Excerpted from Your Body, Your Yoga by Bernie Clark, Paul Grilley. Copyright © 2016 Bernie Clark. Excerpted by permission of Wild Strawberry Productions.
All rights reserved. No part of this excerpt may be reproduced or reprinted without permission in writing from the publisher.
Excerpts are provided by Dial-A-Book Inc. solely for the personal use of visitors to this web site.

Table of Contents

How to Read this Book
Foreword: The History of Teaching Alignment in America

Table of Contents for Volume 1: What Stops Me? Sources of Tension and Compression

Chapter 1: You Are Unique—So Is Your Yoga
Range of Human Variations
Examples of Human Variations

Chapter 2: What Stops Me?
Sensing Tension and Compression
Functional Yoga versus Aesthetic Yoga

Chapter 3: The Value of Stress

Chapter 4: The Physiology of Our Tissues
Sources of Tension
The Nervous System
The Immune System
The Wonder of Water
Sources of Compression
Joints and Cartilage

Volume 1 Summary
Appendix A: The Forms of Stress
Appendix B: Muscle Shapes and Functions
Appendix C: The Myofascial Meridians
Appendix D: Facts About Osteoporosis
Appendix E: The Types of Joints
Appendix F: The Biomechanics of Joint Motion
Volume 1 Endnotes

Table of Contents for Volume 2: The Lower Body

1. The Bare Bones of Yoga
The Planes of the Body

2. The Joint Segments of the Lower Body
The Hip Joint
The Architecture of the Hip Joint
The Bones of the Hip Joint
The Joint Capsule and Ligaments
Muscles of the Hip
The Types and Ranges of Variations
Function-Application in Yoga Postures
Normal Ranges of Motion
Sources of Tension
Sources of Compression
Variation in Ranges of Motion
Hip Joint Summary

3. The Knee Joint
The Architecture of the Knee
The Bones of the Knee
The Knee-Joint Capsule and Ligaments
Muscles of the Knee
The Types and Ranges of Variations
Function-Application in Yoga Postures
Normal Ranges of Motion
Sources of Tension
Sources of Compression
Variation in Ranges of Motion
Knee Joint Summary

4. The Ankle-Foot Segment
The Architecture of the Ankle-Foot Segment
The Bones of the Ankle and Foot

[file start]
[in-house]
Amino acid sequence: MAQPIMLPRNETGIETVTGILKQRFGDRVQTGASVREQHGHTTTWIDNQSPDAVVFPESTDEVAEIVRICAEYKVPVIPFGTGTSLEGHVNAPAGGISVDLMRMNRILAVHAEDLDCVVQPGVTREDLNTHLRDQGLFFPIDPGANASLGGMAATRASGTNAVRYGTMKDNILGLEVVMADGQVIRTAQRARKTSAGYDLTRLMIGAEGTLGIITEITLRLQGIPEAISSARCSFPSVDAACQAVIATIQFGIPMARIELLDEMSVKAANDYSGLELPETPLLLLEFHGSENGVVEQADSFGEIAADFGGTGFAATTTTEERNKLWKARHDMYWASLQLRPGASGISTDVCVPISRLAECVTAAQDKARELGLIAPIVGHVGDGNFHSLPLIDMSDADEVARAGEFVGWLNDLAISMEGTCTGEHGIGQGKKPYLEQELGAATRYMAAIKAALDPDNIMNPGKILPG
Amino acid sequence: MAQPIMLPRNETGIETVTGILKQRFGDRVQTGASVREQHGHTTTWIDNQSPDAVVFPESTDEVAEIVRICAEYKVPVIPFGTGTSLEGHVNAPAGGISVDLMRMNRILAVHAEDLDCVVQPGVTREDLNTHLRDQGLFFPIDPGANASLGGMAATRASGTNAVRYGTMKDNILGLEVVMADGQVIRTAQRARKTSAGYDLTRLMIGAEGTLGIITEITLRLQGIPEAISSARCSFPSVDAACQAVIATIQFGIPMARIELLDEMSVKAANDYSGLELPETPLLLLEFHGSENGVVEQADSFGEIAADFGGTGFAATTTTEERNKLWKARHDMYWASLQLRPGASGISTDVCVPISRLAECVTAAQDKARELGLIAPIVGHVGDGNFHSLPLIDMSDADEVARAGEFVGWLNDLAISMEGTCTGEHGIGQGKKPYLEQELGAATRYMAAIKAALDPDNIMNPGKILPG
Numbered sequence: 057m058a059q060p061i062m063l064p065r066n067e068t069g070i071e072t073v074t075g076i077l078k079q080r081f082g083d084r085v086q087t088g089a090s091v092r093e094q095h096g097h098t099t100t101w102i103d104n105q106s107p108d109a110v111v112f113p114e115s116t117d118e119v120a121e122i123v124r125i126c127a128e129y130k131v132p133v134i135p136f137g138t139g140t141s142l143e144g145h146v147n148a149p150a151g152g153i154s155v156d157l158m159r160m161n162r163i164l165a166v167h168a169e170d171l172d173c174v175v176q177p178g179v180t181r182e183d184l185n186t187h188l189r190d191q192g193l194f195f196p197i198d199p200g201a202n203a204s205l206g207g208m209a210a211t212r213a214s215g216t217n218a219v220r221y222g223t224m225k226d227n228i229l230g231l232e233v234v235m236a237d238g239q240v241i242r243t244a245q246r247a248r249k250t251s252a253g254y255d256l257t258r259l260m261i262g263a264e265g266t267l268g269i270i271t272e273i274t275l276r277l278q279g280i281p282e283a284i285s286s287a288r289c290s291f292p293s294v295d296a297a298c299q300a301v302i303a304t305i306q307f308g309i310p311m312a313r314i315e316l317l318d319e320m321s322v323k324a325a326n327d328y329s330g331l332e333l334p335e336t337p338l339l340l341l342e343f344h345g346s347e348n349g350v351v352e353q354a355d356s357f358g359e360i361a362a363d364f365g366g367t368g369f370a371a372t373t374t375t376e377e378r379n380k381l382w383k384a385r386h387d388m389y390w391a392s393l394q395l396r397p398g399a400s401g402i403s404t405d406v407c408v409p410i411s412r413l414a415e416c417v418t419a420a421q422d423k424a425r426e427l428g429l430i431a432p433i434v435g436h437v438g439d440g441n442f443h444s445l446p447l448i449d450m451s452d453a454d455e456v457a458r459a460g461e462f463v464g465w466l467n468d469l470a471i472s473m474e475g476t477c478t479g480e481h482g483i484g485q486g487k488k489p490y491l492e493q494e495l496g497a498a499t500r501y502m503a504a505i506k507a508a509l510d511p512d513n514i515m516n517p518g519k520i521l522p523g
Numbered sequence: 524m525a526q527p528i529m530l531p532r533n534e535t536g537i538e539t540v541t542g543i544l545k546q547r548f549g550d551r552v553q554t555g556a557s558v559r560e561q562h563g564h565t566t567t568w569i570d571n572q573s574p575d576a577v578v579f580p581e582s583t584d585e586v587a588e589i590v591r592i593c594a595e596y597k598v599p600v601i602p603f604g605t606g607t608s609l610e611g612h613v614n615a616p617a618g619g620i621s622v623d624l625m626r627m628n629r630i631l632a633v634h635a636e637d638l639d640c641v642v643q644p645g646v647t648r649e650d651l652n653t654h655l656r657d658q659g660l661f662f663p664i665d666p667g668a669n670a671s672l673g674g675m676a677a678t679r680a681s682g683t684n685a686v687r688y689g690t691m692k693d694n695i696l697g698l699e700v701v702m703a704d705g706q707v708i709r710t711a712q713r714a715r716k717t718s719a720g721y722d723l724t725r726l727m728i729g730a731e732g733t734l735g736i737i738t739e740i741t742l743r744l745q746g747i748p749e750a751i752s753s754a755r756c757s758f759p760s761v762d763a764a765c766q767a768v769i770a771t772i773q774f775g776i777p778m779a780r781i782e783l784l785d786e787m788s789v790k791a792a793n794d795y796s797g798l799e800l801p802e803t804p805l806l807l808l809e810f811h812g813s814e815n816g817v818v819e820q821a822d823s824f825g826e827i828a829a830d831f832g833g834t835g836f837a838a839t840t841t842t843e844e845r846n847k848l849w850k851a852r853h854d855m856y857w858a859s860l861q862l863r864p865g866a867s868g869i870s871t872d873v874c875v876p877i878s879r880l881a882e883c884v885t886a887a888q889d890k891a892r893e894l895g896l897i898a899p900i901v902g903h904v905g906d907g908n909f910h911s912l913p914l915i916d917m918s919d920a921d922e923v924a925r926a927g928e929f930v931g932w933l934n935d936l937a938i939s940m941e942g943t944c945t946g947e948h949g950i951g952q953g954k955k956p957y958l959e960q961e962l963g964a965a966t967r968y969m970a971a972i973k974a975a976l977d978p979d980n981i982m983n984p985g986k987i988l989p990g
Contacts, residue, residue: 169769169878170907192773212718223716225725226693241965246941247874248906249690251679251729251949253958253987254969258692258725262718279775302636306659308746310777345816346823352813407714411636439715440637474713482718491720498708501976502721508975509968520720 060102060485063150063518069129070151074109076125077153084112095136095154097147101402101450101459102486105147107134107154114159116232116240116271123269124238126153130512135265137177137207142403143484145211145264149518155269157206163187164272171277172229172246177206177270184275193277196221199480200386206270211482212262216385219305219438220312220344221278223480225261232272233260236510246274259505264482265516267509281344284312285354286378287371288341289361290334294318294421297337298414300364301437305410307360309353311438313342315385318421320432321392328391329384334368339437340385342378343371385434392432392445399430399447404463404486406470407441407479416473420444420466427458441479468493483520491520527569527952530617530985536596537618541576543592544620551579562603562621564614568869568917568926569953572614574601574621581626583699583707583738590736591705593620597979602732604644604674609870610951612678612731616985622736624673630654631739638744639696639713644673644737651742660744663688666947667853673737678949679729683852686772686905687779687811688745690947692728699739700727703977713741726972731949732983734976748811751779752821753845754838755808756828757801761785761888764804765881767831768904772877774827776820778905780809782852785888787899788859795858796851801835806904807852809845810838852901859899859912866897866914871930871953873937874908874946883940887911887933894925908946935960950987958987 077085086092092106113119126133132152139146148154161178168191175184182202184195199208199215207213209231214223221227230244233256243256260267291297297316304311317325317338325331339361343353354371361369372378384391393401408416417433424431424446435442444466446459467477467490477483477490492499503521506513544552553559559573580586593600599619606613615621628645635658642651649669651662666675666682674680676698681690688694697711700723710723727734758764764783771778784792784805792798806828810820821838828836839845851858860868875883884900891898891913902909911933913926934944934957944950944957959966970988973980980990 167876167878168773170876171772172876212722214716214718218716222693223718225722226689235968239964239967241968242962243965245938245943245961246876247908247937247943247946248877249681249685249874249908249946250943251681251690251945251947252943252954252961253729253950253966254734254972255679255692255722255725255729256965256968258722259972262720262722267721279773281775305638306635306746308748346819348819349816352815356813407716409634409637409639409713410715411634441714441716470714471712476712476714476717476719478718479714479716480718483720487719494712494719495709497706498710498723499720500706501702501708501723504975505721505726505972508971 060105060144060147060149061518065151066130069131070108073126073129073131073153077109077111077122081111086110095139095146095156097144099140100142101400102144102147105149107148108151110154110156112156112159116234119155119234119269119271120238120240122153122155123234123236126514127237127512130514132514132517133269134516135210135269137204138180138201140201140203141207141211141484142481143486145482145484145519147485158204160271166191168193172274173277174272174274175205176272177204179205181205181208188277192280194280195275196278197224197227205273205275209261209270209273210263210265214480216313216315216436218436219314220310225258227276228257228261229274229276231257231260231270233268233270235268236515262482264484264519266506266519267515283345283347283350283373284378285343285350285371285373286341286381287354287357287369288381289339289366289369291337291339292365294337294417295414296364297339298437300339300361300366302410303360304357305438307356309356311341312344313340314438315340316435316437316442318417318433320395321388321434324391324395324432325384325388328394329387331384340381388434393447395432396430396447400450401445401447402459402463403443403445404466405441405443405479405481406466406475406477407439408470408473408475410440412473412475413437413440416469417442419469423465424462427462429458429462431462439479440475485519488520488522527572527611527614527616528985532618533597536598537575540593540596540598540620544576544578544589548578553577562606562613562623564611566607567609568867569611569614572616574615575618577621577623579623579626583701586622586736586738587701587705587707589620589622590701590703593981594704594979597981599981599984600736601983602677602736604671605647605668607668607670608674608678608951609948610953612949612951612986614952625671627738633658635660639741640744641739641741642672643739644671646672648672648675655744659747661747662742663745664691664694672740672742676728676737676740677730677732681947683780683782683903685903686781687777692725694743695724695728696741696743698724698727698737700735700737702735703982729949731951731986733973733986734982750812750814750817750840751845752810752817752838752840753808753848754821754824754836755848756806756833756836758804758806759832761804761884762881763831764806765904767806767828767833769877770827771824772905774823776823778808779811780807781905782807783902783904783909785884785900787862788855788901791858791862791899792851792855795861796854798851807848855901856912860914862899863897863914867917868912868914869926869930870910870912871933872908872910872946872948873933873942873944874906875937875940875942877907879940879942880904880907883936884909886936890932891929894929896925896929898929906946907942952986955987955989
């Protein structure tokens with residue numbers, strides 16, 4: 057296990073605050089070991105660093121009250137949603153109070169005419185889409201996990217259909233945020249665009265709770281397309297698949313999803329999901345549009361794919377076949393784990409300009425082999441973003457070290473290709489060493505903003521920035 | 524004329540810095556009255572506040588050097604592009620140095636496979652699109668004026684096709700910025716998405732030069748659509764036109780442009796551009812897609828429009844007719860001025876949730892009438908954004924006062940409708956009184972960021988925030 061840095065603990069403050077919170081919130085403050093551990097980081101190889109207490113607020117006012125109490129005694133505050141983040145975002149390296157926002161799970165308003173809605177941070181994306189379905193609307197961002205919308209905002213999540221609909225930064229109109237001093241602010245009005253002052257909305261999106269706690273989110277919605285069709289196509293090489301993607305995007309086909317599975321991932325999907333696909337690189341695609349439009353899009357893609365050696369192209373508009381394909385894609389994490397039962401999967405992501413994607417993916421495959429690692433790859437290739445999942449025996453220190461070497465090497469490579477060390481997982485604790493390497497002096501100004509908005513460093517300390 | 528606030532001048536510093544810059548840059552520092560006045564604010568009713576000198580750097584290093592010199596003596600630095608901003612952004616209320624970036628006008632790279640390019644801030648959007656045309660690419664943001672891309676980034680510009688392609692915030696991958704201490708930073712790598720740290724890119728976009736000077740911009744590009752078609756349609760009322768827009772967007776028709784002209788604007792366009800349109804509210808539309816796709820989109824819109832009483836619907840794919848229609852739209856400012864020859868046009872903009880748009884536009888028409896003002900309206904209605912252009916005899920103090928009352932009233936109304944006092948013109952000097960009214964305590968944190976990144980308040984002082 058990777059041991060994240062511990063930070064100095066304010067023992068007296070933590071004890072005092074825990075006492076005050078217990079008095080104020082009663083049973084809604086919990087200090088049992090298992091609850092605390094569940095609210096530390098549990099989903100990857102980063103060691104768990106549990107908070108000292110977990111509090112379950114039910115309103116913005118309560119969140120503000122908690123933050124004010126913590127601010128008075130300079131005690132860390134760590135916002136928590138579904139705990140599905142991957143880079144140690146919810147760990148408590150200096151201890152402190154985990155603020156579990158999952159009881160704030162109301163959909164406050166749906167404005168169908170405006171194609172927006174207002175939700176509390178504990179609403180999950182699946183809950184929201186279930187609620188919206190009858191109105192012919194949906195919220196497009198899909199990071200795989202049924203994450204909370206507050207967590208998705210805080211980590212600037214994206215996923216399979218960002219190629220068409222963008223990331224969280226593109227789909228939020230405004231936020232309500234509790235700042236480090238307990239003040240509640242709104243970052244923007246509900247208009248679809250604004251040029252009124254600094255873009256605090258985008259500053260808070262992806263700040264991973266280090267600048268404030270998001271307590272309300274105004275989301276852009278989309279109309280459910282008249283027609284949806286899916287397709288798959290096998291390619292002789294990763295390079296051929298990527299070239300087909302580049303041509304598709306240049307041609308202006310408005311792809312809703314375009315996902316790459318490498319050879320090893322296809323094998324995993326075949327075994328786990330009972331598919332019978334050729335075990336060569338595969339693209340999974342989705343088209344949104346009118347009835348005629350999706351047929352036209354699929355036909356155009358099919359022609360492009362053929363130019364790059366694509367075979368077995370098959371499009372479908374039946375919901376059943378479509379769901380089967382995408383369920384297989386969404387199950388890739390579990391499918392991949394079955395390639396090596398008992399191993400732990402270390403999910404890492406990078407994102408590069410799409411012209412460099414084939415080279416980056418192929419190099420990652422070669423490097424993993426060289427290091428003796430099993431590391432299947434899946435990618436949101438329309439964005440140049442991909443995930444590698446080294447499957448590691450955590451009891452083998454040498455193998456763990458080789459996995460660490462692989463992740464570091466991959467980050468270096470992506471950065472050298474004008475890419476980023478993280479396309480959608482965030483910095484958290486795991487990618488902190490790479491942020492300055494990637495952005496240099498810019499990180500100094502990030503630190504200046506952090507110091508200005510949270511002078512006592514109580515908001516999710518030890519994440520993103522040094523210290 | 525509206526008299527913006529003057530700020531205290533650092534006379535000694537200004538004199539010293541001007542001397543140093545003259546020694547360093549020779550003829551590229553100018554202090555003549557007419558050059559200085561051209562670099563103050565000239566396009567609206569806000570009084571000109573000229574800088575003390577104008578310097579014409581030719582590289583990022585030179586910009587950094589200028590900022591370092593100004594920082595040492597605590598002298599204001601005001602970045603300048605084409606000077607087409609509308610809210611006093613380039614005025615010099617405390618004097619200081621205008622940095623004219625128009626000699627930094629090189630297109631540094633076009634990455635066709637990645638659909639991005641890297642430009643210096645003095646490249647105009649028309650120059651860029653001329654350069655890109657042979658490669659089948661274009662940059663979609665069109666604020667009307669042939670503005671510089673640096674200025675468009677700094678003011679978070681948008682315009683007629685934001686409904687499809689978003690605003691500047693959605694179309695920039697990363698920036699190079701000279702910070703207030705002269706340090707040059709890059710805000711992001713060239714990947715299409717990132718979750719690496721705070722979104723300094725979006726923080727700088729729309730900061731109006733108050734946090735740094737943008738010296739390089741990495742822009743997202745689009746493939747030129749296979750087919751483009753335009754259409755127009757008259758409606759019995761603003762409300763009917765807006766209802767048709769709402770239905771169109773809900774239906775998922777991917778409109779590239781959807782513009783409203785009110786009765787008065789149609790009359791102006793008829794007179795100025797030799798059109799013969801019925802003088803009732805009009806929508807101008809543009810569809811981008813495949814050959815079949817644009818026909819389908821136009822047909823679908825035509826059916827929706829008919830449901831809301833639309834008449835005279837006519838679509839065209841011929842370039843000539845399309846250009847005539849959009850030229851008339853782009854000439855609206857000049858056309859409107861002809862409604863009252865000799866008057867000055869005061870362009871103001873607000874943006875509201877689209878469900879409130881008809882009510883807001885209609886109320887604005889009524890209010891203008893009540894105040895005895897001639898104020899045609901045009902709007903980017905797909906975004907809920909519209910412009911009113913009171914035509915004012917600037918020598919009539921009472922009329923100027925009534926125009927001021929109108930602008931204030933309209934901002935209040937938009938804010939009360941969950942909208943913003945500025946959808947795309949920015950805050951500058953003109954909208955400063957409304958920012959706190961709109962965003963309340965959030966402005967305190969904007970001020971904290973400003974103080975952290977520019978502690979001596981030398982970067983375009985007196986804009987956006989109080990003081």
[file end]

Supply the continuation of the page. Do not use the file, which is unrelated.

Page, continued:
The Ligaments
The Muscles and Tendons
The Types and Ranges of Variations
Function-Application in Yoga Postures
Normal Ranges of Motion
Sources of Tension
Sources of Compression
Variation in Ranges of Motion
Ankle-Foot Segment Summary

5 Volume 2 Summary

A. List of Anatomical Directions
B. Variations in the Female Pelvis
C. Mechanical Advantage-Pulleys and Levers
D. Flexion-Caused Impingement at the Hip Joint
E. The Dangers and Benefits of Valgum or Varum Knee Orientation
F. The Movements of the Foot and Ankle

It’s Important: Beware of studies
It’s Important: Who is flying the airplane
It’s Important: Playing your edge
It’s Important: Injuries caused by yoga
It’s Important: Antifragility (or no strain—no gain!)
It’s Important: The value of compression
It’s Important: Millimeters versus inches
It’s Important: Safely stressing joints
It’s Important: The value of alignment
It’s Important: Remember, compression can be good!
It’s Important: Co-contraction
It’s Important: Are you valgus or varus?
It’s Important: Don’t assume it’s your ankles!

It’s Complicated: Averages and norms
It’s Complicated: Femoral neck-shaft-angle variations
It’s Complicated: Stress at the cellular level
It’s Complicated: Sarcomere contraction
It’s Complicated: Adding sarcomeres
Its Complicated: Our ground substance
It’s Complicated: Other parts of our joints
It’s Complicated: Which muscles cause which movement can vary
It’s Complicated: Estimating available ranges of motion
It’s Complicated: Femoral acetabular impingement syndrome
It’s Complicated: What is a newton?
It’s Complicated: Hyperextension of the knee
It’s Complicated: The trochlea of the talus
It’s Complicated: What causes plantar fasciitis?
It’s Complicated: Arch support
It’s Complicated: Where should the dorsiflexed foot point?

Note to Teachers: When students can’t go further
Note to Teachers: Stress when injured
Note to Teachers: Should we try to stress tendons?
Note to Teachers: Sources of compression
Note to Teachers: Be cautious of creating alignment cues based only on your own experience
Note to Teachers: Yoga is a self-selecting practice
Note to Teachers: Explore from the core outwards
Note to Teachers: Customizing Classes
Note to Teachers: Do not offer a correction without knowing the cause!
Note to Teachers: Don’t be afraid of locking the knees
Note to Teachers: Getting grounded
Note to Teachers: Sickling—plantarflexion with supination
Note to Teachers: Aligning the feet in Down Dog